So, how exactly can you incorporate sound into your investigations?

The potential of sound: cases to inspire you

There are so many examples of the use of sound in investigation. Even when not intentionally recorded, sound can be used to analyse key evidence.

Sound can help tell stories of empathy and understanding, especially with more abstract topics. For example:

  • In "Listening to Rivers" from 2020, sound artists Leah Barcllay and Annea Lockwoood hosted a listening session and talk focusing on the rich, immersive soundscapes of rivers.
  • In "ONE PIG" (2011) the artist Matthew Herbert documents harrowing conditions of animal farming using recordings of an entire life of a farm animal.
  • The recording of a whale in 1970 managed to bring to light a story not understood by humans, see "How pop music helped save the whales": "Only one non-human species has ever had a hit record: whales. When whales were first recorded, they became really big."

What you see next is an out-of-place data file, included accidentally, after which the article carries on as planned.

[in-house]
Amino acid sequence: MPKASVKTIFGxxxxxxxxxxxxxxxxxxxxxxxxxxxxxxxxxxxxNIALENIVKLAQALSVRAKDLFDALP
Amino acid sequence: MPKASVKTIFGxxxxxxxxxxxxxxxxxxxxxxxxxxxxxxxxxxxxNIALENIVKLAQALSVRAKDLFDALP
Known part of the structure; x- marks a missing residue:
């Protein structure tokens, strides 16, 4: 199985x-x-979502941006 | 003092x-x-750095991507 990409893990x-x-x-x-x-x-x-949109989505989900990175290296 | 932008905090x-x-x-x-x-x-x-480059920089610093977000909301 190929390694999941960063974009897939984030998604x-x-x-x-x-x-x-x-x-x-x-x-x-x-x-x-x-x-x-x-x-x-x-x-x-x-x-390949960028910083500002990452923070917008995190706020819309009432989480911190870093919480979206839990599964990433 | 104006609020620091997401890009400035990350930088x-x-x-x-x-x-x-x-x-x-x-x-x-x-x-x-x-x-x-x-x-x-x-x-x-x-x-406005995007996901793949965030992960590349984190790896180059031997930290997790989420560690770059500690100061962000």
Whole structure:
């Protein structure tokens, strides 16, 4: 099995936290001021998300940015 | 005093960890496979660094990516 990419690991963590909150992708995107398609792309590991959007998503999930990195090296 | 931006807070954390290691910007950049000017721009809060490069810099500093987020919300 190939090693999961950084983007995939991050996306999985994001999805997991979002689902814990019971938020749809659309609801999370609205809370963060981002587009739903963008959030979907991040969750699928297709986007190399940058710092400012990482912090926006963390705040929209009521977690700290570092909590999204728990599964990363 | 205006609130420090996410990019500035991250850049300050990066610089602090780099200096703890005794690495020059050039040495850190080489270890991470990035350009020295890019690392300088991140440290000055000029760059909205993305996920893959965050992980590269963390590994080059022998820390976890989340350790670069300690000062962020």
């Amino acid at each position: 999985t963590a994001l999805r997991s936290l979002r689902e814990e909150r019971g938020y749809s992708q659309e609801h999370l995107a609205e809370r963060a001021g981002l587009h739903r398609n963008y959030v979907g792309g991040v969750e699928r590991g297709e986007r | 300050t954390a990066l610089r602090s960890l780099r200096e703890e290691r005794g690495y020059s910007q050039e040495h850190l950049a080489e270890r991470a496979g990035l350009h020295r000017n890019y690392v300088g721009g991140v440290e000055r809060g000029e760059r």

To get a detailed sense of what is possible to do with sound/acoustic investigations in particular, Forensic Architecture - a research agency based at Goldsmiths, University of London - offers an impressive array of cases and methods. The agency's work focuses on "investigating human rights violations including violence committed by states, police forces, militaries, and corporations." For instance, in sound investigator Lawrence Abu Hamdan's work with Forensic Architecture, he conducted a complex analysis of sound made by bullets, which helped determine who killed two teenagers in Palestine in 2014.

Another inspiring example of acoustic investigation from the same collaboration and Amnesty International shows how investigators were able to reconstruct the architecture of a secret prison in Syria based on sound memories of interviewed prisoners who were kept there blindfolded. See more about the methodology here.

In another case from Forensic Architecture - "Killing in Umm Al Hiran" - investigators took sound from one video that was not capturing the situation under investigation (however the sound did) and matched it with soundless video of law enforcement. That allowed them to prove a very different narrative to the one officially promoted by authorities.